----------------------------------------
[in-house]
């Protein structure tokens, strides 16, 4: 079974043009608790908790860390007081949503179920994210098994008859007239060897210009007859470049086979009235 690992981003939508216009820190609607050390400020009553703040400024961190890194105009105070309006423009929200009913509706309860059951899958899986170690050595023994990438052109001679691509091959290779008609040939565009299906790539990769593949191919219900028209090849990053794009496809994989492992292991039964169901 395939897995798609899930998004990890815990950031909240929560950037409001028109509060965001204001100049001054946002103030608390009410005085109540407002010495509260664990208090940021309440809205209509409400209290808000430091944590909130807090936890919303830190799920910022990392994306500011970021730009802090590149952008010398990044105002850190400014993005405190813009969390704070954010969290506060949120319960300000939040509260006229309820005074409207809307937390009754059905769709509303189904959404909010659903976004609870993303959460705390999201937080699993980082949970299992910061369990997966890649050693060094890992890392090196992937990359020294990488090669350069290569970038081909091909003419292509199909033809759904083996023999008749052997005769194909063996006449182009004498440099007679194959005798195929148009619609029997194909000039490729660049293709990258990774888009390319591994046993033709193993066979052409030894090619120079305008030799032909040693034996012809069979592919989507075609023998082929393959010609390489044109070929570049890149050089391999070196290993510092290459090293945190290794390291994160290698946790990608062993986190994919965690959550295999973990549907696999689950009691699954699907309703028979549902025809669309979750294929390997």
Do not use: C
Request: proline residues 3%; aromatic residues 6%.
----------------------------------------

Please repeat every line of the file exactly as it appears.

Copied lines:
[in-house]
């Protein structure tokens, strides 16, 4: 079974043009608790908790860390007081949503179920994210098994008859007239060897210009007859470049086979009235 690992981003939508216009820190609607050390400020009553703040400024961190890194105009105070309006423009929200009913509706309860059951899958899986170690050595023994990438052109001679691509091959290779008609040939565009299906790539990769593949191919219900028209090849990053794009496809994989492992292991039964169901 395939897995798609899930998004990890815990950031909240929560950037409001028109509060965001204001100049001054946002103030608390009410005085109540407002010495509260664990208090940021309440809205209509409400209290808000430091944590909130807090936890919303830190799920910022990392994306500011970021730009802090590149952008010398990044105002850190400014993005405190813009969390704070954010969290506060949120319960300000939040509260006229309820005074409207809307937390009754059905769709509303189904959404909010659903976004609870993303959460705390999201937080699993980082949970299992910061369990997966890649050693060094890992890392090196992937990359020294990488090669350069290569970038081909091909003419292509199909033809759904083996023999008749052997005769194909063996006449182009004498440099007679194959005798195929148009619609029997194909000039490729660049293709990258990774888009390319591994046993033709193993066979052409030894090619120079305008030799032909040693034996012809069979592919989507075609023998082929393959010609390489044109070929570049890149050089391999070196290993510092290459090293945190290794390291994160290698946790990608062993986190994919965690959550295999973990549907696999689950009691699954699907309703028979549902025809669309979750294929390997």
Do not use: C
Request: proline residues 3%; aromatic residues 6%.